Blind Obedience

Blind Obedience also punishes Treasure and Displacer Kitten shenanigans while making it easier for you to attack.

Nature's Claim

Nature’s Claim lets you answer problematic enchantments and artifacts.

Lavinia, Azorius Renegade

Lavinia, Azorius Renegade can also loosely punish opponents more interested in artifact ramp than land drops.

Counter Protection

This deck has a handful of its own counterspells, but other ways to stop opponents from countering your spells are important with such an expensive commander.

Teferi, Time RavelerTeferi, Mage of Zhalfir

Teferi, Time Raveler and Teferi, Mage of Zhalfir both prevent your opponents from playing anything at instant speed to protect Atraxa.

Conqueror's Flail 2X2

Conqueror’s Flail also stops counterspells while providing temporary protection from removal spells on your turn. Bonus: equipping the Flail to Atraxa gives your commander enough power to two-tap opponents with commander damage.

Graveyard Protection

Things in the graveyard should stay in the graveyard.

Ground Seal

Ground Seal replaces itself and shuts off most reanimation and recursion abilities.

Grafdigger’s Cage

Grafdigger’s Cage provides a similar effect while stopping cards like Green Sun’s Zenith from letting your opponents cheat creatures into play from the library.

Kunoros, Hound of Athreos

Kunoros, Hound of Athreos stops reanimation while shutting down flashback spells and providing some decent stats on a cheap body.

Taxes! Taxes! Taxes!

Thalia, Guardian of Thraben

Thalia, Guardian of Thraben might be the most iconic taxing effect in the game, and it’s here to slow your opponents down.

Esper Sentinel

Esper Sentinel also taxes your opponents a bit while potentially providing you with card advantage.

Kambal, Consul of Allocation

Kambal, Consul of Allocation doesn’t make your opponents pay mana, but taxes their life totals instead.

Windborn Muse and Ghostly Prison both make it hard for your opponents to attack you and play spells in the same turn, while Aura of Silence puts a damper on artifact- and enchantment-focused decks.

Flicker Spells

This deck doesn’t have a ton of flicker effects, but they get out of hand quickly by netting you multiple Atraxa triggers.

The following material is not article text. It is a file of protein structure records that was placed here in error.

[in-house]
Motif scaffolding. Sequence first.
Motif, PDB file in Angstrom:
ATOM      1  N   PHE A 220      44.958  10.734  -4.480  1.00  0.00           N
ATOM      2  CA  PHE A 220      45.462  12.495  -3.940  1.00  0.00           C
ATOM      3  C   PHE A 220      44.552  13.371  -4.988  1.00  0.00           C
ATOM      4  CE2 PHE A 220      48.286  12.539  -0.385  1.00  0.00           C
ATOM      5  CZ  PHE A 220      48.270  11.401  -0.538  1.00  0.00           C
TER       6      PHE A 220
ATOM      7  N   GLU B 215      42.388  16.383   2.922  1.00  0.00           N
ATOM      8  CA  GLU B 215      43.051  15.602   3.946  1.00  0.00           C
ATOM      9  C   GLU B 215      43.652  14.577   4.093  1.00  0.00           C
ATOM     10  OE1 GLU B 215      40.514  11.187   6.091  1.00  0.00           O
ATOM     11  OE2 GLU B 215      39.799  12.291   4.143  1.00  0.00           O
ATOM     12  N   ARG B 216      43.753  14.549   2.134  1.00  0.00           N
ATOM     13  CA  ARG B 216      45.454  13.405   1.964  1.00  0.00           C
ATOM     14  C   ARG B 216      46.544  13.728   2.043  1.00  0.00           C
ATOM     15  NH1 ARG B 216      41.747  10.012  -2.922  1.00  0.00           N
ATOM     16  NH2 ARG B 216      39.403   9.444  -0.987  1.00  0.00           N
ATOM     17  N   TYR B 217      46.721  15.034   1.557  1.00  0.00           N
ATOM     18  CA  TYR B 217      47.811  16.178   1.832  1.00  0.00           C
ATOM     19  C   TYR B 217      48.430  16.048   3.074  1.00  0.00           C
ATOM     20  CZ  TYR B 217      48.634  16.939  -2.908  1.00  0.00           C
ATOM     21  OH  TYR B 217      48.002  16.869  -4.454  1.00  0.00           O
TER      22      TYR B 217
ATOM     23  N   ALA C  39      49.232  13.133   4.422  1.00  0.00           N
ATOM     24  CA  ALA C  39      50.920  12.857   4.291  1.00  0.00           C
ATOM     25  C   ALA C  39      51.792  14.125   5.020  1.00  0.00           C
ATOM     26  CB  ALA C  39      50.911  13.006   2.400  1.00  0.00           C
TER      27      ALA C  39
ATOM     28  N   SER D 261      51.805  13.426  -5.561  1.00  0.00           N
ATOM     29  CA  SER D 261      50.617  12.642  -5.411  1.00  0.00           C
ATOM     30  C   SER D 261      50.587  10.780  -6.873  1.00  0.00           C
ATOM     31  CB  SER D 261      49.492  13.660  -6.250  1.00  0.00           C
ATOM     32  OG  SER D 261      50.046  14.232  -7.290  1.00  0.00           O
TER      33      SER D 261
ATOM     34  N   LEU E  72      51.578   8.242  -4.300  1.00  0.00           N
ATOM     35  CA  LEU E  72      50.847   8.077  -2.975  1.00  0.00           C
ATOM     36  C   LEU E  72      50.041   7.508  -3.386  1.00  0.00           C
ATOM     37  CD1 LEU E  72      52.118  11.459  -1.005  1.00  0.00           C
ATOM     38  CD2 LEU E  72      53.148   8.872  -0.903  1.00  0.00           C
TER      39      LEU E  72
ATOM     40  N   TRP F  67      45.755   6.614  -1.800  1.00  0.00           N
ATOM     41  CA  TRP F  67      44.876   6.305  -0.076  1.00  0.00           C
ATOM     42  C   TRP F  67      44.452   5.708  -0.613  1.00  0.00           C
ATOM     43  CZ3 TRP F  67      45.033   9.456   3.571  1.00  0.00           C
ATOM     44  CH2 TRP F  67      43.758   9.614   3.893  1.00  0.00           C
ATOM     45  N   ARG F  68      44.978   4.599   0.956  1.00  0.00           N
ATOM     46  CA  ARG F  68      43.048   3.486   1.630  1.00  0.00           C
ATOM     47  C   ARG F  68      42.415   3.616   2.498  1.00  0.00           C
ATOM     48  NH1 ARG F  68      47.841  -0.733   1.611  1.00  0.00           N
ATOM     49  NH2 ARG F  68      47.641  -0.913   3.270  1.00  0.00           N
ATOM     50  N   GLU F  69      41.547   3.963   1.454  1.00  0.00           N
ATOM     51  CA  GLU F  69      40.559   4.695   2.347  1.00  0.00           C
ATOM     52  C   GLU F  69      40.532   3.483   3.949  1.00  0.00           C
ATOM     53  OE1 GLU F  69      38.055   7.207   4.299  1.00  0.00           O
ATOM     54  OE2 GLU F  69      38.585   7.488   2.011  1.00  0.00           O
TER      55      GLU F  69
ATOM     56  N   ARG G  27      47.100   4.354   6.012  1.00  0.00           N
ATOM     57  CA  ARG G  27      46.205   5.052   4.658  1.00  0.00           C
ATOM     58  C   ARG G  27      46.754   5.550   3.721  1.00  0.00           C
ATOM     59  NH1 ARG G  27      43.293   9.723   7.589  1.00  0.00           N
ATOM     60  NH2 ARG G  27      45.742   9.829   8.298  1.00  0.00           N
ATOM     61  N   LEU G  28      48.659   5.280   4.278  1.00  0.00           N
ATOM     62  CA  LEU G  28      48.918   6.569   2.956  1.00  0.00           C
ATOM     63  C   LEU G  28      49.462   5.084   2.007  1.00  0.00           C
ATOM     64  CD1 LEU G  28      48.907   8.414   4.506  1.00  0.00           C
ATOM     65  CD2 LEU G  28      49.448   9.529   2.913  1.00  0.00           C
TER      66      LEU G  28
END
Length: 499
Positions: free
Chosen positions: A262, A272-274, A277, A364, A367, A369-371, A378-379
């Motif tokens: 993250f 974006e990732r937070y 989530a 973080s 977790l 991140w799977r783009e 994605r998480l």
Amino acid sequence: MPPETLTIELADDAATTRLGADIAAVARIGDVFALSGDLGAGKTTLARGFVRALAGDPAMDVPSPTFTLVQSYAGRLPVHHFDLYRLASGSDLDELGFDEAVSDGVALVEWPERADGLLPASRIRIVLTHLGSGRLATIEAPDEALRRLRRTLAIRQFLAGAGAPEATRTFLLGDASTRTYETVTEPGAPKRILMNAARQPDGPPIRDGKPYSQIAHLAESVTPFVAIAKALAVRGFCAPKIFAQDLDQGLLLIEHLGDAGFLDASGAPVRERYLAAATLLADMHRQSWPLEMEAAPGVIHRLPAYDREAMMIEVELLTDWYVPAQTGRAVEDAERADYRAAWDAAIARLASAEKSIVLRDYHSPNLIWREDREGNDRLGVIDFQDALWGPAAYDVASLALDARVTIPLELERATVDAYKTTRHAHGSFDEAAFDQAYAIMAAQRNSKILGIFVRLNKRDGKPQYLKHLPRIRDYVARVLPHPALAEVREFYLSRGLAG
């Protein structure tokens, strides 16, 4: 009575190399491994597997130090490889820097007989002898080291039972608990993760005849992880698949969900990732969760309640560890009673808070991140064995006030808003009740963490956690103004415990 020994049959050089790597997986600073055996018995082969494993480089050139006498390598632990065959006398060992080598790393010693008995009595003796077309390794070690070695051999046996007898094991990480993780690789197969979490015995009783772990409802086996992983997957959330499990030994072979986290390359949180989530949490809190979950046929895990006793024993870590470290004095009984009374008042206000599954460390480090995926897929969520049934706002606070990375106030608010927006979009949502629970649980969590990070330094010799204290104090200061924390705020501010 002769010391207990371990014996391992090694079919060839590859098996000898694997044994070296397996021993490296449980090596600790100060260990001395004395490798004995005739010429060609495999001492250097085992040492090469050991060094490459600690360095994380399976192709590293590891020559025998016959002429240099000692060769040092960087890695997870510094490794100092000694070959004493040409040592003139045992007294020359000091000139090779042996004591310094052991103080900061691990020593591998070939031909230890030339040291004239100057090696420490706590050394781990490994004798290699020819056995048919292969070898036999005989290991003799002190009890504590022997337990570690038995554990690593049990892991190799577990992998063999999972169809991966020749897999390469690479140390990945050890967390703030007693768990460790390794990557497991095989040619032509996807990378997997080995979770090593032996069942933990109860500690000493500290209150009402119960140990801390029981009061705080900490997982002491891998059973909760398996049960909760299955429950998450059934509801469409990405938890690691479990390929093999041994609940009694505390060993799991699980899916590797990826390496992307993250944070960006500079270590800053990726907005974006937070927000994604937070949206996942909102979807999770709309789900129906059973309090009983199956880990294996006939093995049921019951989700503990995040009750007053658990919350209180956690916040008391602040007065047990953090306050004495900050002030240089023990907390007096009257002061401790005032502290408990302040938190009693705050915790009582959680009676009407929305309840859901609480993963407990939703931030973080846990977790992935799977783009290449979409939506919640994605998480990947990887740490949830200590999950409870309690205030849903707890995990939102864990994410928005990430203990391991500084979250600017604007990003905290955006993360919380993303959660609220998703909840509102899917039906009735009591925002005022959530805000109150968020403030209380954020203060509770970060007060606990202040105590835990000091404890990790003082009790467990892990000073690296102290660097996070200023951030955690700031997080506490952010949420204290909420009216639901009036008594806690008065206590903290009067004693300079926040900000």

Charming Prince

Charming Prince gives you reasonable value out of a 2-drop while flickering late game.

Ghostly FlickerEphemerate

Ghostly Flicker and Ephemerate give you an abundance of flickering value and can be used to protect important cards from spot removal.


You can’t play EDH if you don’t interact with your opponent’s spells. Most of your creatures already interact with opponents in some way, so you can run a few less interactive spells than normal.

Path to Exile, Swords to Plowshares, and March of Otherworldly Light give you access to a handful of spot removal spells.

Delay, Dovin’s Veto, Miscast, and An Offer You Can’t Refuse let you interact with the stack for as little mana as possible. These are mostly here to protect Atraxa or lock pieces, so they have to be efficient.

The Mana Base

This deck’s ramp package is super important. It doesn’t just accelerate you into an early Atraxa, it fixes the deck’s mana. It’s heavily land- and creature-based to avoid the pitfalls of an all-artifact ramp deck.

Farseek, Nature’s Lore, and Three Visits are the all-stars here, fetching Triomes from the deck for perfect mana.

Kodama’s Reach and Cultivate also pull double duty with multiple colors worth of fixing, and promise a few extra land drops.

The creature-based ramp is a little more fragile, but it’s also faster. There’s a variety of 1-mana dorks that fix for multiple colors of mana in Birds of Paradise, Avacyn’s Pilgrim, and Elves of Deep Shadow.

Paradise DruidSylvan Caryatid

There are 2-mana options to provide a plethora of colored fixing in Paradise Druid and Sylvan Caryatid.

Your mana base is a bit slow beyond your ramp package. It focuses largely on lands that come into play tapped but produce multiple colors of mana, like Triomes and thriving lands.

Fabled PassageAsh Barrens

The price of speed gives you a pretty consistent mana base that won’t give too much trouble with colors, especially if you’re careful about what colors you fetch with cards like Fabled Passage and Ash Barrens. You’ve got a fairly high basic land count to help facilitate those cards and some of your ramp spells.

This deck doesn’t really have utility lands. Four colors demand a lot of mana fixing, so the emphasis is on the multicolored lands over colorless lands with abilities.

The Strategy

This deck’s got a pretty simple strategy: slow your opponents down and win with combat damage. One of the keys to playing this deck is sequencing, especially around the slower mana base. You also need to sequence your threats and answers correctly so that your opponents don’t have any breathing room between your stax pieces. You want to pressure their gameplan with your effects, and their life totals with your creatures.

Another super important aspect of this deck is how you mulligan your opening hand. Some amount of ramp in the opener is a must-have for this deck, both for acceleration and fixing. You also need the right stax pieces. You should take stock of what your opponents are doing based on their commanders and use that to inform what hands you keep. For example, a hand that’s only got anti-draw pieces probably won’t do much if your opponents are on three different flavors of graveyard decks. Your opening hand can really decide the outcome of a game.

In general, the game plan is to slow down your opponents, deploy Atraxa for a burst of card advantage, and then establish one of the locks to secure victory in the name of Phyrexia.